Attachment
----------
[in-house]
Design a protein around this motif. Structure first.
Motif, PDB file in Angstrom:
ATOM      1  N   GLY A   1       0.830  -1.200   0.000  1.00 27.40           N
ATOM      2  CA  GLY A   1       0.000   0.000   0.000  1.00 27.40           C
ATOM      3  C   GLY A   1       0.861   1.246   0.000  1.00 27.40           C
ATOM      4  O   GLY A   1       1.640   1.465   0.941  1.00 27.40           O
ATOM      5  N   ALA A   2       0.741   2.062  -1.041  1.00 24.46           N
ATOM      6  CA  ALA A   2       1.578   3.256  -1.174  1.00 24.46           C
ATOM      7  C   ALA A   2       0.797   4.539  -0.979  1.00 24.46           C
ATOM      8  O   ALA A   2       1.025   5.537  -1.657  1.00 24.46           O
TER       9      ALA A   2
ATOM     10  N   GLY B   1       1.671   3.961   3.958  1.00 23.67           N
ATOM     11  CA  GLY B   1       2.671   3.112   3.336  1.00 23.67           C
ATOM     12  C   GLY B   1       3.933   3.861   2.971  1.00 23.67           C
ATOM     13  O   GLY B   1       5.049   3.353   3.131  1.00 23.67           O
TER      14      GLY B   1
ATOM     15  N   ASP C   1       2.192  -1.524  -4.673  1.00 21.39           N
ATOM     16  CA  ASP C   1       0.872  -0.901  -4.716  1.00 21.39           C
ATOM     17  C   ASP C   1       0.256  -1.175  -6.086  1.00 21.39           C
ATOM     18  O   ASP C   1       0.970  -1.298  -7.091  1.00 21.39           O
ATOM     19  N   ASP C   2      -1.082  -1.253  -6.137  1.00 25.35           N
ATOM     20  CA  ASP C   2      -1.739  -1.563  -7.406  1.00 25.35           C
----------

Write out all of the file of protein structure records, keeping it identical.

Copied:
[in-house]
Design a protein around this motif. Structure first.
Motif, PDB file in Angstrom:
ATOM      1  N   GLY A   1       0.830  -1.200   0.000  1.00 27.40           N
ATOM      2  CA  GLY A   1       0.000   0.000   0.000  1.00 27.40           C
ATOM      3  C   GLY A   1       0.861   1.246   0.000  1.00 27.40           C
ATOM      4  O   GLY A   1       1.640   1.465   0.941  1.00 27.40           O
ATOM      5  N   ALA A   2       0.741   2.062  -1.041  1.00 24.46           N
ATOM      6  CA  ALA A   2       1.578   3.256  -1.174  1.00 24.46           C
ATOM      7  C   ALA A   2       0.797   4.539  -0.979  1.00 24.46           C
ATOM      8  O   ALA A   2       1.025   5.537  -1.657  1.00 24.46           O
TER       9      ALA A   2
ATOM     10  N   GLY B   1       1.671   3.961   3.958  1.00 23.67           N
ATOM     11  CA  GLY B   1       2.671   3.112   3.336  1.00 23.67           C
ATOM     12  C   GLY B   1       3.933   3.861   2.971  1.00 23.67           C
ATOM     13  O   GLY B   1       5.049   3.353   3.131  1.00 23.67           O
TER      14      GLY B   1
ATOM     15  N   ASP C   1       2.192  -1.524  -4.673  1.00 21.39           N
ATOM     16  CA  ASP C   1       0.872  -0.901  -4.716  1.00 21.39           C
ATOM     17  C   ASP C   1       0.256  -1.175  -6.086  1.00 21.39           C
ATOM     18  O   ASP C   1       0.970  -1.298  -7.091  1.00 21.39           O
ATOM     19  N   ASP C   2      -1.082  -1.253  -6.137  1.00 25.35           N
ATOM     20  CA  ASP C   2      -1.739  -1.563  -7.406  1.00 25.35           C